How to Get Money Motivated
  • Draft a Financial Vision Board, it motivates and helps you to stay on track with your financial goals.
  • Set specific financial goals stating the reason, the way, numbers and dates.
  • Adopt a spending mantra, a phrase that serves as a rule of thumb for how you spend.
  • Love yourself. Taking control of your finances is part of that.
  • Make bite-size money goals. Make the bigger ones but also small step goals to get there.
  • Don’t be a financial fatalist, and switch to more positive mantras.
  • Get your finances and body in shape. The discipline associated with regular exercising translates to managing your money well.
  • Appreciate what you have now, instead of being a consumerist.
  • Get a Money Buddy. Studies indicate people pick up good habits from friends with similar traits.

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Investing

... is the trading of your money today for a lot more money in the future. It is a high yield over the long term.

What happens to your money

Banks don’t like to give away their money. That mindset is reflected in the interest rates of checking and savings accounts of 0,5% and 0.9% avg. annual interest respectively.

When you deposit your money in the bank, the bank turns around and invests that money at 7% a year or more. After they collect their profit, they give a tiny shaving of it to you.

Portfolio and Diversification
  • Your portfolio reflects your long-term wealth building investment strategy – not the short term. It includes everything you own. Your retirement accounts, your investment accounts, even your home are types of investments.
  • Diversification is a way to describe owning multiple types of investment assets. Diversification is smart because you both protect yourself from failure and position yourself to take advantage of multiple robust methods for building wealth.

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Basic car maintenance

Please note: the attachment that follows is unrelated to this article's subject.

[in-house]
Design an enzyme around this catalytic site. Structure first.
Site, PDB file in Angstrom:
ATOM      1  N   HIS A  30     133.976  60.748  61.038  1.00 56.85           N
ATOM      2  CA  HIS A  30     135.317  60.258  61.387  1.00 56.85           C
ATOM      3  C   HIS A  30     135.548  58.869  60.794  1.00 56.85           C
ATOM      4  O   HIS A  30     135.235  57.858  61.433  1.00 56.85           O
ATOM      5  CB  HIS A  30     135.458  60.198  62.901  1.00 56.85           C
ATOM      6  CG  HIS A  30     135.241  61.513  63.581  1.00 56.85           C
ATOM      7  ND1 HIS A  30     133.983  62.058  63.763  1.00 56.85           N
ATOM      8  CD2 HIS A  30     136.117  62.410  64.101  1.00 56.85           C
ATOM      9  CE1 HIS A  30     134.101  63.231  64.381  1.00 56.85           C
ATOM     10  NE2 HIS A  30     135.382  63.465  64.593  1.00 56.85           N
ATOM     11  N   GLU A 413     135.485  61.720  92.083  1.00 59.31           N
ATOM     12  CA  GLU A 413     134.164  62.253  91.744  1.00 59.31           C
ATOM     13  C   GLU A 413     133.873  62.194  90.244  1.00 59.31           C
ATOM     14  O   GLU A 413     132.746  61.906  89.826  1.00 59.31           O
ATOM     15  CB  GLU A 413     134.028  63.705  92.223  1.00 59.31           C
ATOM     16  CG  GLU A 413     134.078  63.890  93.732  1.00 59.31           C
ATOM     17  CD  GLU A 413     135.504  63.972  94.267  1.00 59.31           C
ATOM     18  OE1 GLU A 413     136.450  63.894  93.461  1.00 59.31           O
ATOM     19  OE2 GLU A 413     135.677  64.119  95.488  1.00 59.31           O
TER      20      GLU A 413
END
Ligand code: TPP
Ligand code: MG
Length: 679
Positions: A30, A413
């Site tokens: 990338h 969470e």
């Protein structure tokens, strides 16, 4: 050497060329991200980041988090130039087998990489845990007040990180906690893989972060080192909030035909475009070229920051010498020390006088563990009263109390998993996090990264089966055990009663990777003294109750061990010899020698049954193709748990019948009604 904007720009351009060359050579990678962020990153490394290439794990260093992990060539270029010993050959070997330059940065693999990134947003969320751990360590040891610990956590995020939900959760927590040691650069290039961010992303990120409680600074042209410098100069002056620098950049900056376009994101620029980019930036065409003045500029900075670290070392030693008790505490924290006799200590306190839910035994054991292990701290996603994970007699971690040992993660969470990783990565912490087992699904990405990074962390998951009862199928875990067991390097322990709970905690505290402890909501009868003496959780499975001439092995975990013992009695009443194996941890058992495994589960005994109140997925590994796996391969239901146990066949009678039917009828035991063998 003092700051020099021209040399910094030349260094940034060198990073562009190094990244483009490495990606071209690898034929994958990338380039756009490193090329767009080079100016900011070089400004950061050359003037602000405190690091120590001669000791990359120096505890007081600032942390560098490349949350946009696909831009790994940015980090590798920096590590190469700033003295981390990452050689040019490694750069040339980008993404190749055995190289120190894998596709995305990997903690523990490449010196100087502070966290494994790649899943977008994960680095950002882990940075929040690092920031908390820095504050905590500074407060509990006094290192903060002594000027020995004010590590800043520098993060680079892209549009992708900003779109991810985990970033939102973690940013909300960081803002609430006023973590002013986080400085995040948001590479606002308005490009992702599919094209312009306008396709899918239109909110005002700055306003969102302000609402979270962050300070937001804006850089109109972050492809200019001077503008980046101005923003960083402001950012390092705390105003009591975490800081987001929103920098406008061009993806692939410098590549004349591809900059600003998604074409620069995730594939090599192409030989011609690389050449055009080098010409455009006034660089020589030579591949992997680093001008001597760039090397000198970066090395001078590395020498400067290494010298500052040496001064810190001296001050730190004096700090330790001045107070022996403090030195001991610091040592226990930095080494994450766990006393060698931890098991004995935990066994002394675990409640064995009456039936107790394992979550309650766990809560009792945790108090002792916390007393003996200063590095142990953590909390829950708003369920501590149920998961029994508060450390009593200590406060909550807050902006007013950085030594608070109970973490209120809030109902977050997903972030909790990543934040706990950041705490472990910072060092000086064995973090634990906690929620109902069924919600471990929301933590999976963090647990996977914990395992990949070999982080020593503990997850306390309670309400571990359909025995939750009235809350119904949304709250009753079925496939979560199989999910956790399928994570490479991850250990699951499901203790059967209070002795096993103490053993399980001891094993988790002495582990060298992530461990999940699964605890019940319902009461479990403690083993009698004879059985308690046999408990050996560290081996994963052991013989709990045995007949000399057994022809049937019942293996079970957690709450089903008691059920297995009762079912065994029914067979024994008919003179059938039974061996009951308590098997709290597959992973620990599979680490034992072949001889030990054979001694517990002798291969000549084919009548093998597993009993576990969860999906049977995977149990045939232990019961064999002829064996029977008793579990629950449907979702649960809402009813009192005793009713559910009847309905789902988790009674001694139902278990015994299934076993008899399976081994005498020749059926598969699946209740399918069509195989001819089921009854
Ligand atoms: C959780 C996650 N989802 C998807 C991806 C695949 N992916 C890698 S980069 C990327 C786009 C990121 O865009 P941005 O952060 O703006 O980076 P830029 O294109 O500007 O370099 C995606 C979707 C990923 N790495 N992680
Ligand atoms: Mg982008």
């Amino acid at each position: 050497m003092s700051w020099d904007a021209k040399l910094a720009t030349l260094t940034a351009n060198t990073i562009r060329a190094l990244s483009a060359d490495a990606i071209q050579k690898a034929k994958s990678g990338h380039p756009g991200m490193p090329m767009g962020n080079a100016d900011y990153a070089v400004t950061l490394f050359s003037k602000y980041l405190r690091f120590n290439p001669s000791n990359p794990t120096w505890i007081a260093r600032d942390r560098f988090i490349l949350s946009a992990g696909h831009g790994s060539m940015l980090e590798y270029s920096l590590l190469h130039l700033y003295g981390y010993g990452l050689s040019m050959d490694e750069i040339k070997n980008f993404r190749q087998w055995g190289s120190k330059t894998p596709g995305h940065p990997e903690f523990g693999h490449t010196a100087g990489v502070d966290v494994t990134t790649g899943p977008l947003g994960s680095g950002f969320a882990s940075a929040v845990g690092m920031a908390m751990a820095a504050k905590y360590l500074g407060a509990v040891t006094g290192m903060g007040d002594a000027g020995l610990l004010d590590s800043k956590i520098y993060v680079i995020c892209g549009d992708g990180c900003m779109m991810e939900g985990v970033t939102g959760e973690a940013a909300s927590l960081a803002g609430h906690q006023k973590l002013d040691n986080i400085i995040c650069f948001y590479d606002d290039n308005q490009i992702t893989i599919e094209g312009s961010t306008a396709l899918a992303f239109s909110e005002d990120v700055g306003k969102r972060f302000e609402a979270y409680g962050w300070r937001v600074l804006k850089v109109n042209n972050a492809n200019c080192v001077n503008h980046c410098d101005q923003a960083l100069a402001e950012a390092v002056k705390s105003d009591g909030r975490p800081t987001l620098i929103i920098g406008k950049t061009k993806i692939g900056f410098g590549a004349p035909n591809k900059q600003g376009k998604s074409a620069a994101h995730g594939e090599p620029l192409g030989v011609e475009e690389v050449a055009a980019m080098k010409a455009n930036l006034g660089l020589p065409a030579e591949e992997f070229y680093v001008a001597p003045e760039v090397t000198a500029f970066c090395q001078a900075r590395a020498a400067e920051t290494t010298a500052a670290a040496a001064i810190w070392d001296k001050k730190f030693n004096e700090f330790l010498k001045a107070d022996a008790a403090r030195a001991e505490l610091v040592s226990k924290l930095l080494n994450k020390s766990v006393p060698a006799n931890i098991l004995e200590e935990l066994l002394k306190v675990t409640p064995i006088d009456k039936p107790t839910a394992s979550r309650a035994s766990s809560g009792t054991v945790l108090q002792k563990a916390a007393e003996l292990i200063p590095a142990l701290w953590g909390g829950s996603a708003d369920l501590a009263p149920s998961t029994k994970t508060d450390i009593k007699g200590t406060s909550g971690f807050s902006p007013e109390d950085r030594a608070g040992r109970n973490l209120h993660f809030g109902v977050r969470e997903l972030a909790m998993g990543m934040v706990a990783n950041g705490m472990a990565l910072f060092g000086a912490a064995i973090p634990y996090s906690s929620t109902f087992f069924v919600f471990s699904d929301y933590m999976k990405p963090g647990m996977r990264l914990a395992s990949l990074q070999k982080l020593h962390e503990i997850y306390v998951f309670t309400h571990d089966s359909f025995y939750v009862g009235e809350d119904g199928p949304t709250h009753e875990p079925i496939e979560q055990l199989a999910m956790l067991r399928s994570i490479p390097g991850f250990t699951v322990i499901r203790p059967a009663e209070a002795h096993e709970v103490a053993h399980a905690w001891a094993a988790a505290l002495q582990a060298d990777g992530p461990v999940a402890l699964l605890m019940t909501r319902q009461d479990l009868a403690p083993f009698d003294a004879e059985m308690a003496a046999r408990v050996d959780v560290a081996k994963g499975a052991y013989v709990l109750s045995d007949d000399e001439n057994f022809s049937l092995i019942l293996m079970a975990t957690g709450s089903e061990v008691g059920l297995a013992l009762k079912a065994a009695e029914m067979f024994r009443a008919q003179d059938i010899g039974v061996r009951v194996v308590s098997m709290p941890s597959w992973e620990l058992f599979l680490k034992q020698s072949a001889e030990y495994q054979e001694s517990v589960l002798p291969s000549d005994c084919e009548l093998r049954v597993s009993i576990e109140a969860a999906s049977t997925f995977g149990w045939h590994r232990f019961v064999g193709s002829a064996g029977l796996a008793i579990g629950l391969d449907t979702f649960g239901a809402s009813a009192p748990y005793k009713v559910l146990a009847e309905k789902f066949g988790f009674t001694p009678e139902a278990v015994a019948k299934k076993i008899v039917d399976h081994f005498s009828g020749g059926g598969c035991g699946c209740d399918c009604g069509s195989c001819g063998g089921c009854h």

You do not need a professional mechanic to sort out many of the simpler car problems.

There are all sorts of easy and helpful instruction videos available to repair or maintain your car for cheap.

Shopping when you’re hungry

We are more susceptible to buying stuff we don’t need when we are hungry. The same goes for a leisurely grocery trip. 

Make your shopping trip when you have other errands to do and a limited time to do them. You will be less likely to spend time exploring and picking up items that you did not originally plan to purchase.

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Start Now

The sooner you start managing, saving, and investing your money, however limited, the better off you'll be as long as you avoid mistakes like investing everything into one stock. That’s t...

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“… the secret to success: find something you love to do so much, you can't wait for the sun to rise to do it all over again."

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“Money isn’t making that much difference in how you and I live. We’re both going down to the cafeteria for lunch and working every day and having a good time. So don’t worry about money, because it won’t make much difference in how you live.”